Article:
Slaves as well as freemen rested on the Sabbath. There were times, too, when bad weather or the season of the year relieved the burden of work the field hands shouldered. The peak demand for labor came at the end of the season, at cotton-picking time, when every available hand, whatever his or her normal occupation, was needed in the fields. Indeed the productivity of the cotton plantation was limited more by this bottleneck at the point of picking than by the work rate or efficiency of the slave labor force throughout the year. The Old South had the capacity to grow more cotton than it could pick, and until that problem was solved, there was little incentive to mechanize or modernize the earlier stages of cotton cultivation.
Plantation slaves were classified as full or fractional (half, quarter, etc.) hands, with the old, the younger children, and the expectant and nursing mothers regarded as equivalent to something less than a full field hand. Slaves who were not working in the fields were full-time or part-time domestics, craftspersons, mechanics, gardeners, blacksmiths, carpenters, millers, seamstresses, or general workers. Skilled workers were often important figures in the work of the plantation ad in the life of the slave community. Household staff on some of the grander plantations were sometimes encouraged to give themselves a few airs and graces, but elsewhere the distinction between domestic servants and field slaves was much less clear-cut. A maid in the big house might share a cabi with a field-hand husband and their children. At peak times, domestic slaves were often required to work in the fields.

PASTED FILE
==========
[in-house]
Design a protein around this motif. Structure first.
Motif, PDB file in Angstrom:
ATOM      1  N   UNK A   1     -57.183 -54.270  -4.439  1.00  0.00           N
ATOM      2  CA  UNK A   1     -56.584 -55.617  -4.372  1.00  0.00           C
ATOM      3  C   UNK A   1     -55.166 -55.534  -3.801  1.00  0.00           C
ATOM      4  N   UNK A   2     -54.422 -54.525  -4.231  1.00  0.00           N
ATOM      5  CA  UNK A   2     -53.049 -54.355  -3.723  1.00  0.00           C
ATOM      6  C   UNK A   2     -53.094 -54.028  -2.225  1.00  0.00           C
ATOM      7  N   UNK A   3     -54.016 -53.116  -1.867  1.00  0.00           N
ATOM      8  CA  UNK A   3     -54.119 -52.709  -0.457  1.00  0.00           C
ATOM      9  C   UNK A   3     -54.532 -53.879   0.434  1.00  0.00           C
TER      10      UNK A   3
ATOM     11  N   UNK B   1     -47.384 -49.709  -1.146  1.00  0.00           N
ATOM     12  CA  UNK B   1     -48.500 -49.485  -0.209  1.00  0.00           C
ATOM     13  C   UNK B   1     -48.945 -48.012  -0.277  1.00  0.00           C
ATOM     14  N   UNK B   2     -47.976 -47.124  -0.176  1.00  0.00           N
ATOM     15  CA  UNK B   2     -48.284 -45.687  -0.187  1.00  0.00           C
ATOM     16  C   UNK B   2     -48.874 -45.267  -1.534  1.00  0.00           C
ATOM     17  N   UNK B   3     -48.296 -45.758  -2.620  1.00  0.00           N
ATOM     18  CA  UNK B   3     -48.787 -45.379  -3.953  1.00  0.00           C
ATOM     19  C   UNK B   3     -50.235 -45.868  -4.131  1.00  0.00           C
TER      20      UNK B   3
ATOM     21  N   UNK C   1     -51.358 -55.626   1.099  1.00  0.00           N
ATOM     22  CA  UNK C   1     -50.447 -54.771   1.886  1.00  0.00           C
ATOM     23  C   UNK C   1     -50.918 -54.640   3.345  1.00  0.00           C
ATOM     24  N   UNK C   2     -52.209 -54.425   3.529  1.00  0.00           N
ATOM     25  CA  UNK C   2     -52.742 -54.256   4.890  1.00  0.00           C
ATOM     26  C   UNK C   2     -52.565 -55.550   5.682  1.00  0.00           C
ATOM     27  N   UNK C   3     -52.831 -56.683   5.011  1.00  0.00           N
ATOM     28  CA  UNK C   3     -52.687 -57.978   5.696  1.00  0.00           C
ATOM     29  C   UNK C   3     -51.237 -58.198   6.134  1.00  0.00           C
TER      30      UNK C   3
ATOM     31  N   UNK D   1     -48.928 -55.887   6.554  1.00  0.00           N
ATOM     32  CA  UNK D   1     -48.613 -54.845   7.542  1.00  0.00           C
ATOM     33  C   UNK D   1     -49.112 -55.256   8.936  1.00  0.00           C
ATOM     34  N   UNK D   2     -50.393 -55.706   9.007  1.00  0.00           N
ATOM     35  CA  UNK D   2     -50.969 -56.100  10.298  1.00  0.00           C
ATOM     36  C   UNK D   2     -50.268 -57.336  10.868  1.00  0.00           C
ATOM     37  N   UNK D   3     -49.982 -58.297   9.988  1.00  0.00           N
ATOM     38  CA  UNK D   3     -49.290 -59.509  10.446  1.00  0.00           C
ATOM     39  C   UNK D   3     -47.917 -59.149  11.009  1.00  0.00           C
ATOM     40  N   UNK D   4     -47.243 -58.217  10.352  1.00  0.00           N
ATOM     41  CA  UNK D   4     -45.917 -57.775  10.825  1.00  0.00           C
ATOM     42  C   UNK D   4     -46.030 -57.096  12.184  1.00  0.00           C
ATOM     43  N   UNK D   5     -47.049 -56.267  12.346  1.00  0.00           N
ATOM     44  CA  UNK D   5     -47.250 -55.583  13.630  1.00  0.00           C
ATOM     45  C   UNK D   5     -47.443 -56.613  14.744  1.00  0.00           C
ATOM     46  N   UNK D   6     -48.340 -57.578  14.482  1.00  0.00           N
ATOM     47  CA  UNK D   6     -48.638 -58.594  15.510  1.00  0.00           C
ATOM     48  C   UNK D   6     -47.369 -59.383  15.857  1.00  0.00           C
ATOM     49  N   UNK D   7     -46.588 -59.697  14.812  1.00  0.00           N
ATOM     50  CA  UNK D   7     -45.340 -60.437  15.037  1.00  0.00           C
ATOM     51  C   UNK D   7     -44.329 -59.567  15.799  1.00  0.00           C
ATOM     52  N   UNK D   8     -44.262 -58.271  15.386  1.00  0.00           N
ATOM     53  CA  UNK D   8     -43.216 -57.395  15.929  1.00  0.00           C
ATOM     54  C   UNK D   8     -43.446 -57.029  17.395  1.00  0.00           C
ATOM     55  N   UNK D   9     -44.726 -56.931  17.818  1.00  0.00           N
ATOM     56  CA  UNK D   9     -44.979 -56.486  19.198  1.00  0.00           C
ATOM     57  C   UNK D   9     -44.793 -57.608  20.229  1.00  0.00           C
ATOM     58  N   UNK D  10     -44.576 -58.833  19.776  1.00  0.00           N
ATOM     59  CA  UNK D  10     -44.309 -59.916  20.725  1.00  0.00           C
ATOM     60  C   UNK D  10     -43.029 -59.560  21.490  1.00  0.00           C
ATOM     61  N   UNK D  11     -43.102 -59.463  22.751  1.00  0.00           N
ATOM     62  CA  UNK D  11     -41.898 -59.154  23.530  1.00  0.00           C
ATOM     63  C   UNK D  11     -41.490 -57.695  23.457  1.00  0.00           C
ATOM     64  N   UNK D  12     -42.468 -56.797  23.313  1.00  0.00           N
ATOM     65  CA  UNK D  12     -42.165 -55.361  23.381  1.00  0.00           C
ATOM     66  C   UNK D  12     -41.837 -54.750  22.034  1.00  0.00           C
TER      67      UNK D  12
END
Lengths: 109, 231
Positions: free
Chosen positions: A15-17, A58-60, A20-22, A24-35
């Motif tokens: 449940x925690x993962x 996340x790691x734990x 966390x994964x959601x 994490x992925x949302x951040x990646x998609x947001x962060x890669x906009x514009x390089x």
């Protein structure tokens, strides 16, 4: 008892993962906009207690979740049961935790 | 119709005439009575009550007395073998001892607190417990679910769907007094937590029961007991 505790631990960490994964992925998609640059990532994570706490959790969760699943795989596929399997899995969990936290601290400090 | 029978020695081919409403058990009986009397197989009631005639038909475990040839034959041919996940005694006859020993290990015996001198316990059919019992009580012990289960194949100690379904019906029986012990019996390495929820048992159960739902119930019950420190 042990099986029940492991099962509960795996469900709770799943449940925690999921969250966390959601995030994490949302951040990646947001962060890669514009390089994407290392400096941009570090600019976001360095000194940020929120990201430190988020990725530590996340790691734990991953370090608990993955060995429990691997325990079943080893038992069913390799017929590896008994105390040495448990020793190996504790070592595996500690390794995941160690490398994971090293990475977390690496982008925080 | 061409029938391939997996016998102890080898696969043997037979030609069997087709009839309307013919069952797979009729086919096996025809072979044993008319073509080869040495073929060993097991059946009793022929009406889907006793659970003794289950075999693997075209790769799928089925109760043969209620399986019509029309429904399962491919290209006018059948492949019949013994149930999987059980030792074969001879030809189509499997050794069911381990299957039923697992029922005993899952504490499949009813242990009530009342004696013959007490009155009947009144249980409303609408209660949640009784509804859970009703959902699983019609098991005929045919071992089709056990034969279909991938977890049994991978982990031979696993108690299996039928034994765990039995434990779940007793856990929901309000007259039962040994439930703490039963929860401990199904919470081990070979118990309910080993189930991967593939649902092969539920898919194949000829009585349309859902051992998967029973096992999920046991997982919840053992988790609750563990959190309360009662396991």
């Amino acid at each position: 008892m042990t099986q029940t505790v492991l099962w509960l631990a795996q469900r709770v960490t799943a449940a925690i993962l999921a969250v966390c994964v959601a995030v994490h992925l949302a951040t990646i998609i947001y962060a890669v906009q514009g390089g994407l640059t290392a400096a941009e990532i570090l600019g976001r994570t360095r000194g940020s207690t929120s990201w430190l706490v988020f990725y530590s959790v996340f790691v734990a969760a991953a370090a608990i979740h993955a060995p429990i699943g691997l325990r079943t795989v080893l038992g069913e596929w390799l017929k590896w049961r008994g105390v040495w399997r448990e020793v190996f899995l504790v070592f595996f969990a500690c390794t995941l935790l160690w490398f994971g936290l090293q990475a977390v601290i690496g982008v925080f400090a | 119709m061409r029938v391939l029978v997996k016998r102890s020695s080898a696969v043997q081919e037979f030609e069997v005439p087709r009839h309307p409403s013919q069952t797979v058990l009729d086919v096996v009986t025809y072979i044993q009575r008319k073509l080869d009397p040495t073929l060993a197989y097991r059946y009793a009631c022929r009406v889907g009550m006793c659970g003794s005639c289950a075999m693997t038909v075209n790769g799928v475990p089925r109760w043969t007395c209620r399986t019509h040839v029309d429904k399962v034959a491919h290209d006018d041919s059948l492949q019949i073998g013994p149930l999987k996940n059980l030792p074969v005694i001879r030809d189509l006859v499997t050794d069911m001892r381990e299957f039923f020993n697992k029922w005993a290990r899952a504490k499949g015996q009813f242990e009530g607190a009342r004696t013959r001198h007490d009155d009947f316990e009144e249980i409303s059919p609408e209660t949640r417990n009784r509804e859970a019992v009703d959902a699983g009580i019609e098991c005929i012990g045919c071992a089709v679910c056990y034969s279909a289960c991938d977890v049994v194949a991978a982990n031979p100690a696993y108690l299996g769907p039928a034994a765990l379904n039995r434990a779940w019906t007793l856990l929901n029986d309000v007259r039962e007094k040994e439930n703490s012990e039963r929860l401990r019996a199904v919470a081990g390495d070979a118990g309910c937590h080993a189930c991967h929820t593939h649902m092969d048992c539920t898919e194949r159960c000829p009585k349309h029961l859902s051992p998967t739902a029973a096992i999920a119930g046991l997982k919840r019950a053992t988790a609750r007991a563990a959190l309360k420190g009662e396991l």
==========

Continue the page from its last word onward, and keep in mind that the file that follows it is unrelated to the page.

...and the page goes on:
The organization and supervision of a substantial slave work force demanded considerable managerial skill.
there was often a world of difference between the ideal as expounded in print and the reality as it practiced amid all the vagaries of weather, pestilence, fluctuating prices, and irrepressible humanity of the owner’s slave property. On plantations large enough to justify such a management structure, the master would employ an overseer, usually white but occasionally black, who bore a considerable load of responsibility and shielded the owner from some of the more tedious and unpleasant aspects of slave ownership. The overseer was very much the man in the middle, under pressure from the master and often unpopular with the slaves. Required to maximize the crop while dealing fairly with the slaves, he lived from one insoluble dilemma to the next.